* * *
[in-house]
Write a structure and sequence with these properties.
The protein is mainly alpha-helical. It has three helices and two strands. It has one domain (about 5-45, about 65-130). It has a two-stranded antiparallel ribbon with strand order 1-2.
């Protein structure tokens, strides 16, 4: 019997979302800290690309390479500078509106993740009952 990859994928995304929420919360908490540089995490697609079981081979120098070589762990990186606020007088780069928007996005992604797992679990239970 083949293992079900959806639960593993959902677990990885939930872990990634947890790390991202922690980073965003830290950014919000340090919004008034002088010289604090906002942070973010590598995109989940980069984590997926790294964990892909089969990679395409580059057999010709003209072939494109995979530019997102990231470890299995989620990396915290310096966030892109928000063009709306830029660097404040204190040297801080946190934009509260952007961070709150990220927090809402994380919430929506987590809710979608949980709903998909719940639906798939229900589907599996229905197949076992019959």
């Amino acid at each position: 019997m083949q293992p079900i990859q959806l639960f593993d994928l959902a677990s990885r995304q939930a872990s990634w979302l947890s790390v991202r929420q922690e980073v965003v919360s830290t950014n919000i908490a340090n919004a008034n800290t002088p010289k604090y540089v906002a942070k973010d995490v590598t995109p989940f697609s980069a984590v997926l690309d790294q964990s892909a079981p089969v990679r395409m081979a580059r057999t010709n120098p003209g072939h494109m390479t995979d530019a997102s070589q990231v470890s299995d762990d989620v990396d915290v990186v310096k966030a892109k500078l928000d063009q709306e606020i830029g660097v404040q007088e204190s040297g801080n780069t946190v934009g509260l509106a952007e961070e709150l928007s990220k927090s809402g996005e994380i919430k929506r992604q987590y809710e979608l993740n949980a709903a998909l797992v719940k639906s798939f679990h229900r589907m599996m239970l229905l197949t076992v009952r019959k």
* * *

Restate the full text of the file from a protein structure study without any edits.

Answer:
[in-house]
Write a structure and sequence with these properties.
The protein is mainly alpha-helical. It has three helices and two strands. It has one domain (about 5-45, about 65-130). It has a two-stranded antiparallel ribbon with strand order 1-2.
């Protein structure tokens, strides 16, 4: 019997979302800290690309390479500078509106993740009952 990859994928995304929420919360908490540089995490697609079981081979120098070589762990990186606020007088780069928007996005992604797992679990239970 083949293992079900959806639960593993959902677990990885939930872990990634947890790390991202922690980073965003830290950014919000340090919004008034002088010289604090906002942070973010590598995109989940980069984590997926790294964990892909089969990679395409580059057999010709003209072939494109995979530019997102990231470890299995989620990396915290310096966030892109928000063009709306830029660097404040204190040297801080946190934009509260952007961070709150990220927090809402994380919430929506987590809710979608949980709903998909719940639906798939229900589907599996229905197949076992019959």
């Amino acid at each position: 019997m083949q293992p079900i990859q959806l639960f593993d994928l959902a677990s990885r995304q939930a872990s990634w979302l947890s790390v991202r929420q922690e980073v965003v919360s830290t950014n919000i908490a340090n919004a008034n800290t002088p010289k604090y540089v906002a942070k973010d995490v590598t995109p989940f697609s980069a984590v997926l690309d790294q964990s892909a079981p089969v990679r395409m081979a580059r057999t010709n120098p003209g072939h494109m390479t995979d530019a997102s070589q990231v470890s299995d762990d989620v990396d915290v990186v310096k966030a892109k500078l928000d063009q709306e606020i830029g660097v404040q007088e204190s040297g801080n780069t946190v934009g509260l509106a952007e961070e709150l928007s990220k927090s809402g996005e994380i919430k929506r992604q987590y809710e979608l993740n949980a709903a998909l797992v719940k639906s798939f679990h229900r589907m599996m239970l229905l197949t076992v009952r019959k």